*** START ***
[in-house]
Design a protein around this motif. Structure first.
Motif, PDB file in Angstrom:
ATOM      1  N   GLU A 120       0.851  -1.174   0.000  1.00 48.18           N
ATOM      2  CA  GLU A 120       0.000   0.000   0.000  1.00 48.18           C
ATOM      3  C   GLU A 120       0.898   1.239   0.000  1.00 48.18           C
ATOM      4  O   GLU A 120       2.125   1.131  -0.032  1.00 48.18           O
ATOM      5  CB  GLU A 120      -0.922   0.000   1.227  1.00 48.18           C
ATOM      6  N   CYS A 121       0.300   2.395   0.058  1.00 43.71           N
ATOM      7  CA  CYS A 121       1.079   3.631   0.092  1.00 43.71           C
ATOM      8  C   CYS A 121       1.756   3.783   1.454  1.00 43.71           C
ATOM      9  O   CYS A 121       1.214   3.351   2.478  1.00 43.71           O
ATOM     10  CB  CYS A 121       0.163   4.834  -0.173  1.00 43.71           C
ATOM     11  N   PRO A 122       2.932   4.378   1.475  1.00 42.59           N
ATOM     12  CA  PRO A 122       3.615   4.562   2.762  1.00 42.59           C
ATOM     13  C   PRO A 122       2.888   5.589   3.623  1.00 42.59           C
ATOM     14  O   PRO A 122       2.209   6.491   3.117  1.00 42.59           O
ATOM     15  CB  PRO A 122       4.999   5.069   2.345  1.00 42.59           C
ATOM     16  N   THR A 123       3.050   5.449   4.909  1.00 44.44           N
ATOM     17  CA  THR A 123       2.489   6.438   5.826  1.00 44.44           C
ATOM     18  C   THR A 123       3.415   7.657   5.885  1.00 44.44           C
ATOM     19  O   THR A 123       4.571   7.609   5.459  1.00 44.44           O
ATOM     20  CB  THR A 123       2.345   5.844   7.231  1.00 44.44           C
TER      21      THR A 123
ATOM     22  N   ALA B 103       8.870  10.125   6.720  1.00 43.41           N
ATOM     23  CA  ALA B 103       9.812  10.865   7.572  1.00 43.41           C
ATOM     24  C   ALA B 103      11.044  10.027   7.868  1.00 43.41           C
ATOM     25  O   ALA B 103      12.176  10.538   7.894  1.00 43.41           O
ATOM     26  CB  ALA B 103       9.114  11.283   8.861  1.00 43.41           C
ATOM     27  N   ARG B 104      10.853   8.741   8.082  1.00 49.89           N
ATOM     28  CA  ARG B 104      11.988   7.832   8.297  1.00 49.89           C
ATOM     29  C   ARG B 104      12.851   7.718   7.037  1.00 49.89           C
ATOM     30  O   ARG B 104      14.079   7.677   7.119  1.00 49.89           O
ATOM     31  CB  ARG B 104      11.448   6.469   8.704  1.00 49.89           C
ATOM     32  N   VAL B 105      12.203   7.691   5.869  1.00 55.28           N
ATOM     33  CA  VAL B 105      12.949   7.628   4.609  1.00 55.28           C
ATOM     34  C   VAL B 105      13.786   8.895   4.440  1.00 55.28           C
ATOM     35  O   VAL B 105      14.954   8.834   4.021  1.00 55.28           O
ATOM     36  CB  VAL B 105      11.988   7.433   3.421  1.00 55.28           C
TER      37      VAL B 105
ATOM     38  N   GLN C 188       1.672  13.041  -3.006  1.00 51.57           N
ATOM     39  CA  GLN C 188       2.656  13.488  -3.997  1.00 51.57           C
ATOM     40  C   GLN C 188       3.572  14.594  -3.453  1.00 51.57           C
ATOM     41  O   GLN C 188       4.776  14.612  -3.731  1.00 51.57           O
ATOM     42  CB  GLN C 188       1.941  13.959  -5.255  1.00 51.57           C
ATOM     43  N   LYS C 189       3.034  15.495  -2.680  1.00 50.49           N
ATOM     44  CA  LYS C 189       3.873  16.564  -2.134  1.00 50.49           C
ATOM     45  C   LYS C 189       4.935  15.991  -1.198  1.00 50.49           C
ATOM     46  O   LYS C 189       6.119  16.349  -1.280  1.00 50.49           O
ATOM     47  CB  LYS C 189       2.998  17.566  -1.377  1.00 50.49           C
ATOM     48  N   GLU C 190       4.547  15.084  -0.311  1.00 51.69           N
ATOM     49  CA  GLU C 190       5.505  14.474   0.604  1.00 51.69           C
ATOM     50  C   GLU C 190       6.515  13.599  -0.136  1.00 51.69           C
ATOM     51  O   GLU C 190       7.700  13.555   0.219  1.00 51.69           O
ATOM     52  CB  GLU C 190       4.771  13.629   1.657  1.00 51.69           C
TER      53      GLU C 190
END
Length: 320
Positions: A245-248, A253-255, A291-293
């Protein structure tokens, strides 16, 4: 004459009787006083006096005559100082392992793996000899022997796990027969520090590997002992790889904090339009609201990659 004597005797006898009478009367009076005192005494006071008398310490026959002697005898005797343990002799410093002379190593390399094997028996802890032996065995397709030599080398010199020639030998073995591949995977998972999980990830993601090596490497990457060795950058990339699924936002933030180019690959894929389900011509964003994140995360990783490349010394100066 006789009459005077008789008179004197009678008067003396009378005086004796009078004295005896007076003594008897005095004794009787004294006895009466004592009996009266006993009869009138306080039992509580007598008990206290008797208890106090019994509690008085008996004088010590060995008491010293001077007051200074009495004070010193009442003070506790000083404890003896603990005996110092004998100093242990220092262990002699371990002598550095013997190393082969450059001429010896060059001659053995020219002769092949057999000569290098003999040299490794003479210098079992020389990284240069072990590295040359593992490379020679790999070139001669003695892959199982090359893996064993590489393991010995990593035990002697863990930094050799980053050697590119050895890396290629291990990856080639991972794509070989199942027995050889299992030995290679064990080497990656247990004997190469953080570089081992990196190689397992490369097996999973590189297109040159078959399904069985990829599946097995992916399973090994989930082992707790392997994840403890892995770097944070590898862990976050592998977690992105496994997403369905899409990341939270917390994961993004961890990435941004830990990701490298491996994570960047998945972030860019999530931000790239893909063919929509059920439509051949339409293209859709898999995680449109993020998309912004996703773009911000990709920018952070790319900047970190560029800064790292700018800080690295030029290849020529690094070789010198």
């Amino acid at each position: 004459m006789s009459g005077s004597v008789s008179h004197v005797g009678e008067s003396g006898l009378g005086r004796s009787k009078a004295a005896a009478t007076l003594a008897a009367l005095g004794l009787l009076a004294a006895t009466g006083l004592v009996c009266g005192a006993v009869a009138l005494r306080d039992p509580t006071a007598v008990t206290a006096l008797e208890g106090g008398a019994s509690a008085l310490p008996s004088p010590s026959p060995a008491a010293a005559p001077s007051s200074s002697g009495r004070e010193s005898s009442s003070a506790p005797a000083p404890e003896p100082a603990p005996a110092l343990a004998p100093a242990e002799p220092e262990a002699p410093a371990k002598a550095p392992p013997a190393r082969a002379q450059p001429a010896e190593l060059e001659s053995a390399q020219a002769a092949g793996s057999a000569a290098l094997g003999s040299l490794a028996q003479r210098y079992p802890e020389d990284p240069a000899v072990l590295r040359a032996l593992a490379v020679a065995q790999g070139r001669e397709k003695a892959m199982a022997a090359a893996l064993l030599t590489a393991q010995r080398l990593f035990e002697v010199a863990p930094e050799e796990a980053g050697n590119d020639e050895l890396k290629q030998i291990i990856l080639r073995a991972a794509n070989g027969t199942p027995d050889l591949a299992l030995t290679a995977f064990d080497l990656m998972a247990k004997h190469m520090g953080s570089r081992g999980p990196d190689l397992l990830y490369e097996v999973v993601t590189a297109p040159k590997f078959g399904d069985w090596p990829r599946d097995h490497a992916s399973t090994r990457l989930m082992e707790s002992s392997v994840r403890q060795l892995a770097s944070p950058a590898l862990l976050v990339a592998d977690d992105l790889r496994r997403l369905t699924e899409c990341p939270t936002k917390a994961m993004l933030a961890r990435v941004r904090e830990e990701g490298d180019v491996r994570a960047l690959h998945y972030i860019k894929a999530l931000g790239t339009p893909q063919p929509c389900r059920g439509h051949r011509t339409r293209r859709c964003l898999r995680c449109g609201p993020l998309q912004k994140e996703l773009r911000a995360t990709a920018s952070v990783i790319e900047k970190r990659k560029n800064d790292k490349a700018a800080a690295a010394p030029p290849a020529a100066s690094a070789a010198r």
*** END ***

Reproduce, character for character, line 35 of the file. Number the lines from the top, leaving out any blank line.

ATOM     32  N   VAL B 105      12.203   7.691   5.869  1.00 55.28           N